Ontario’s Liberal government called a halt to off-shore wind farms in 2011 in order to improve its chances in the next election, a lawyer for Trillium Wind Power argued in court Friday.
“This was done because they wanted to win three ridings in Lake Erie,” Morris Cooper told a three-judge Ontario Court of Appeal panel.
But a government lawyer shrugged off the charge.
“Decisions made for political expediency are what governments do,” Kim Twohig told the court, “They do it all the time.”
There’s nothing wrong with governments changing unpopular policies, she said, and the courts are not the place to argue them.
“If you don’t want these types of politically expedient decisions, the remedy is the ballot box,” she said.
Trillium has brought a $2.25 billion claim against the province, which imposed a moratorium on offshore wind projects on Feb.11, 2011.
Cooper said the announcement torpedoed a $26 million financing deal due to close later that day for a 420-megawatt wind project in Lake Ontario near Kingston.
Trillium, which first applied for its development in 2004, is suing for its costs and lost profits.
Mr. Justice Robert Goldstein of the Superior Court of Justice struck down the claim in October, before it could go to trial; Friday’s hearing was an appeal of that decision.
Cooper said that Goldstein had made findings of fact without allowing for a trial where Trillium could fully present its case and probe government witnesses.
“The umpire called the game as soon as I threw the first pitch,” Cooper said. “All I ask is to get back in the game and play nine innings.”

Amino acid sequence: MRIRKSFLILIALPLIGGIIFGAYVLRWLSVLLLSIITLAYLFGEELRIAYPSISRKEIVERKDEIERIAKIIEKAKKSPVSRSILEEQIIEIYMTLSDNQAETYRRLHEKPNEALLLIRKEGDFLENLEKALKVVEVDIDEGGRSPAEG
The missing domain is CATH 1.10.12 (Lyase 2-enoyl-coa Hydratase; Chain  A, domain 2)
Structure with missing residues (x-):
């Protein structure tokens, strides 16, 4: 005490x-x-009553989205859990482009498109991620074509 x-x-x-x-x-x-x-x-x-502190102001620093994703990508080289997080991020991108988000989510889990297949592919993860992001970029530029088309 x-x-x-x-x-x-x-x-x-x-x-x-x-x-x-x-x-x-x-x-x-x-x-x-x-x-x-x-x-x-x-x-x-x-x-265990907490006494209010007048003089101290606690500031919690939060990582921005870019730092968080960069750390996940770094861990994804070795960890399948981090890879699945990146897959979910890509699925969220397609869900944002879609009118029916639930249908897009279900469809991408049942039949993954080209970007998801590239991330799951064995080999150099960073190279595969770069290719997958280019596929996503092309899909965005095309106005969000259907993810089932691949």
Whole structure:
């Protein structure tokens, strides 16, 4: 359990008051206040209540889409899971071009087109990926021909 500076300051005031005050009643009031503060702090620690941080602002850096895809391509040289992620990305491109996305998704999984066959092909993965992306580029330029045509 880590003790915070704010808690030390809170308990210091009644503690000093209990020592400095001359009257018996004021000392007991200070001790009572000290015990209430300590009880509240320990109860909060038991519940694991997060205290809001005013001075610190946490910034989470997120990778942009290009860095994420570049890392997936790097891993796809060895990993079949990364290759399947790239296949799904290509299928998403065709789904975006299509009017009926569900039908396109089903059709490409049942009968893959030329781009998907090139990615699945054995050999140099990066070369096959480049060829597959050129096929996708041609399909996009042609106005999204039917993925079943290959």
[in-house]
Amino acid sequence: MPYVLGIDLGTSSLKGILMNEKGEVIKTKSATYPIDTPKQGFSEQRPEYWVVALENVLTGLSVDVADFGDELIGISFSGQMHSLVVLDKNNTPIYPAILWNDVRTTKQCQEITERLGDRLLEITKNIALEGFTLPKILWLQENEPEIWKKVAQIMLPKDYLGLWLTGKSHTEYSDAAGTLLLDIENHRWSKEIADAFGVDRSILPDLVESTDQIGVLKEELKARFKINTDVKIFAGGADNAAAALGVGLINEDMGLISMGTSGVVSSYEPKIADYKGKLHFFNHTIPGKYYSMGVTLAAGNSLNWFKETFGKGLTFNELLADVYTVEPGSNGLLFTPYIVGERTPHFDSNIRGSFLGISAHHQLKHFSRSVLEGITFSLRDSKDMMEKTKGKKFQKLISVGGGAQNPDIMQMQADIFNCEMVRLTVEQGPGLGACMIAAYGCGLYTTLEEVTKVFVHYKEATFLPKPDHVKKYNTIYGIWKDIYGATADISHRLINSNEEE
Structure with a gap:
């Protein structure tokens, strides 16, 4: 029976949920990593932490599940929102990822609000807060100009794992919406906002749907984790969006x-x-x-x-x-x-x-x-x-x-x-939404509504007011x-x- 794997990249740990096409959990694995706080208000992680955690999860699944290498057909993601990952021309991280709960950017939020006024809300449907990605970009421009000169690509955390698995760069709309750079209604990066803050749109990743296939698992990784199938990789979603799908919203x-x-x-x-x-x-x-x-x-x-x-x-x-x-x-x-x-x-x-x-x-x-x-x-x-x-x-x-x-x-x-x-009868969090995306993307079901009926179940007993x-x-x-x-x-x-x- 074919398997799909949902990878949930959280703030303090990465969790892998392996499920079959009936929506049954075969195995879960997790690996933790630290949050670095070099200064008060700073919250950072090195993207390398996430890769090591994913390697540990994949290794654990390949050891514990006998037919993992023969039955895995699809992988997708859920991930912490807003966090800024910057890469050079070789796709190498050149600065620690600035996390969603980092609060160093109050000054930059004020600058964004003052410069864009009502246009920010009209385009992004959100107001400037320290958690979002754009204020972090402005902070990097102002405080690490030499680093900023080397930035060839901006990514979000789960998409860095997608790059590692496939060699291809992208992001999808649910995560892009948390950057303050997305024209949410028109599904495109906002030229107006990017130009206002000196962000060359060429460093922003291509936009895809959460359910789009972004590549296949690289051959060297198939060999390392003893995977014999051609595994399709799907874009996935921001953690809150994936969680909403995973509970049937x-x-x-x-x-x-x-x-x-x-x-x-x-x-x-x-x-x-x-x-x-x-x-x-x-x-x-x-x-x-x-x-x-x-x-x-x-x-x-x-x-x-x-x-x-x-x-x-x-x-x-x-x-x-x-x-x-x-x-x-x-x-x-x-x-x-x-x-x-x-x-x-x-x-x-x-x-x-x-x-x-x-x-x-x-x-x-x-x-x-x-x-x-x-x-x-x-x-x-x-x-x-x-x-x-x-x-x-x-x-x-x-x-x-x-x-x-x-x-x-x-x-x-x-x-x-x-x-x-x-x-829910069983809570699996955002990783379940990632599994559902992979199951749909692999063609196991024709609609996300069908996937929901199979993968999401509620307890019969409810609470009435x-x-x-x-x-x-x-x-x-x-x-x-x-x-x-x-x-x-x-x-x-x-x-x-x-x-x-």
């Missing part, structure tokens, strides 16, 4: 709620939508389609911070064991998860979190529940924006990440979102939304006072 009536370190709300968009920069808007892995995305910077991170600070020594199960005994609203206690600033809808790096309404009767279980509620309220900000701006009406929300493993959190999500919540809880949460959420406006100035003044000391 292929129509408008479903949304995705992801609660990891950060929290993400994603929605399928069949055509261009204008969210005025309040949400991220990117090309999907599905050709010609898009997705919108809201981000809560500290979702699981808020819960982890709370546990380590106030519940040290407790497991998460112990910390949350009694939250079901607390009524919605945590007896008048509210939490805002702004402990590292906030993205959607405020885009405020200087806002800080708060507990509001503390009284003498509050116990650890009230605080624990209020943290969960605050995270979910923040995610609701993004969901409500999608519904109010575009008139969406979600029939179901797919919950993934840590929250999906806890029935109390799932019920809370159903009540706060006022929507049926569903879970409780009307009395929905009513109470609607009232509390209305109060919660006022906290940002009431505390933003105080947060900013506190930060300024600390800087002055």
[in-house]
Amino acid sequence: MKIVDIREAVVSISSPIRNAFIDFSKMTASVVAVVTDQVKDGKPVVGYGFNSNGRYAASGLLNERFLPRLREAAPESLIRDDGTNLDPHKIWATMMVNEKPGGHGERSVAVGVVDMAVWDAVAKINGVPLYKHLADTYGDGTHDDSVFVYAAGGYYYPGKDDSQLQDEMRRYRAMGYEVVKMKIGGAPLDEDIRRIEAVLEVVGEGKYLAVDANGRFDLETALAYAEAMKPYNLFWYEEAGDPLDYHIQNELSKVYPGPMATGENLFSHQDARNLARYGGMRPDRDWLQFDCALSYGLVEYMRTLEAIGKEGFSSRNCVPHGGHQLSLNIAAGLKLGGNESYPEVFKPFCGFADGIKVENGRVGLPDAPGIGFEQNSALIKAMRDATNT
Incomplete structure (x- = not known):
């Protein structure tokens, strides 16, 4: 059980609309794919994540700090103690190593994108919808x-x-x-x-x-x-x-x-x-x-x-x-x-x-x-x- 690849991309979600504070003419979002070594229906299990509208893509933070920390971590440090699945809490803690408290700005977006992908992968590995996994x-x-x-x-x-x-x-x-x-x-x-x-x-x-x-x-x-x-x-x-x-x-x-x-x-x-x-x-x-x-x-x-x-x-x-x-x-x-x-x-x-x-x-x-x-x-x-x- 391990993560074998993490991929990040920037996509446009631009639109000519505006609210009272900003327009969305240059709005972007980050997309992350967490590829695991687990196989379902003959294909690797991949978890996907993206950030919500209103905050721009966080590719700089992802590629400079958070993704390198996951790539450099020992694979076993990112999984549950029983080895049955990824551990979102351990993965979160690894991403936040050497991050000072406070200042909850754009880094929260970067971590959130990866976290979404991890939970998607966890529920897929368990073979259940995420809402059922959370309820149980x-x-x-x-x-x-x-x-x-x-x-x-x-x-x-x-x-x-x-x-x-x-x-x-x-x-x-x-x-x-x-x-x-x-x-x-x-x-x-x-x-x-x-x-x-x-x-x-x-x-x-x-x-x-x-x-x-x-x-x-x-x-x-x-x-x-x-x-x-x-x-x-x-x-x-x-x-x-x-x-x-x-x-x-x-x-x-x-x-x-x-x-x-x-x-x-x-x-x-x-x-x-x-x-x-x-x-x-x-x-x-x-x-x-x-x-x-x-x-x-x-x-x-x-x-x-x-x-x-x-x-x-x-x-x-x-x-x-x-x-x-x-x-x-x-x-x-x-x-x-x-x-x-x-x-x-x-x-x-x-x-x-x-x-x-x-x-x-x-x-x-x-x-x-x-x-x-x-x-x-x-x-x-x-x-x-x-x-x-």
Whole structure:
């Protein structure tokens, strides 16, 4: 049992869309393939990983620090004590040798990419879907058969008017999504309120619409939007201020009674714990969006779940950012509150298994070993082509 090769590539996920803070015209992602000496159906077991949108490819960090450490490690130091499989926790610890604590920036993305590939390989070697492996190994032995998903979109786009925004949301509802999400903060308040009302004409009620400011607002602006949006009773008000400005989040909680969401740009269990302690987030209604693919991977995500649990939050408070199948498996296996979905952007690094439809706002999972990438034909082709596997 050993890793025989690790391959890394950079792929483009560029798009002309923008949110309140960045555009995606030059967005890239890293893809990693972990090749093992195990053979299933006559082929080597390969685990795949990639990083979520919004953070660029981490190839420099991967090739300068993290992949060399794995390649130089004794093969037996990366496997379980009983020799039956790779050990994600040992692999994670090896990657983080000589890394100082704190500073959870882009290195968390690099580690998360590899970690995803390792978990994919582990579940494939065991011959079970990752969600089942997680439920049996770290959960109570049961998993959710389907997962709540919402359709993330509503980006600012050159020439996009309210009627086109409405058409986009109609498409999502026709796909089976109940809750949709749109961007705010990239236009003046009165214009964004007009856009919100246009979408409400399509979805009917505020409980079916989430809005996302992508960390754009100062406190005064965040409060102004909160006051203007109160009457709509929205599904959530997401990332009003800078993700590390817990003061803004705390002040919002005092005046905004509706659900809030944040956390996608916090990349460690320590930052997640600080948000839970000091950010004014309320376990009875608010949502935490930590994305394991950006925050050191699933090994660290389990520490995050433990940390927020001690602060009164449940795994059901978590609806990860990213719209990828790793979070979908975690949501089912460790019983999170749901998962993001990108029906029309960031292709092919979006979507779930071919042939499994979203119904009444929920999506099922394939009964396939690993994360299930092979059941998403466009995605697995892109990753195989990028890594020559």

Cooper said that officials in the offices of both the premier and the energy minister had been told that Trillium’s financing was going to close on Feb. 11, 2011; the moratorium was announced hours before the closing.
That was “arbitrary” and “capricious,” he said.
The policy was made through a press release, and never followed up by any formal legislation or regulation, he said.
“There’s nothing. Zero. Nothing ever happens,” he said. “They needed to cut my client off at the knees.”
Cooper also noted that Windstream Energy, a U.S.-owned company, is proceeding with an arbitration hearing under NAFTA for $475 million in lost profits because of the offshore moratorium.
That option isn’t open to Canadian companies like Trillium, he said, arguing that it would be unfair for U.S. companies to have a means of redress under treaty rights, while Canadian firms are denied redress in the courts.
Twohig argued that Trillium’s claim is inconsistent.
On one hand, she said, it argues that the moratorium was aimed directly at Trillium. But at the same time, she said, it claims that the purpose of the moratorium was to win votes in Lake Erie ridings where wind turbines are unpopular.
She said that Trillium never had any contract with the provincial government.
It was simply moving through an administrative process, in which the government has broad powers to approve or disapprove applicants at each stage, Twohig said.
She also said Cooper has no grounds to make the claim that the government targeted Trillium.
“He doesn’t back that up with any facts,” she said. “It’s based on speculation and inference.”
Twohig also argued that Trillium may have benefited from having the moratorium announced just before its financing closed. Had the financing gone through, she said, Trillium would be on the hook for significant interest payments.
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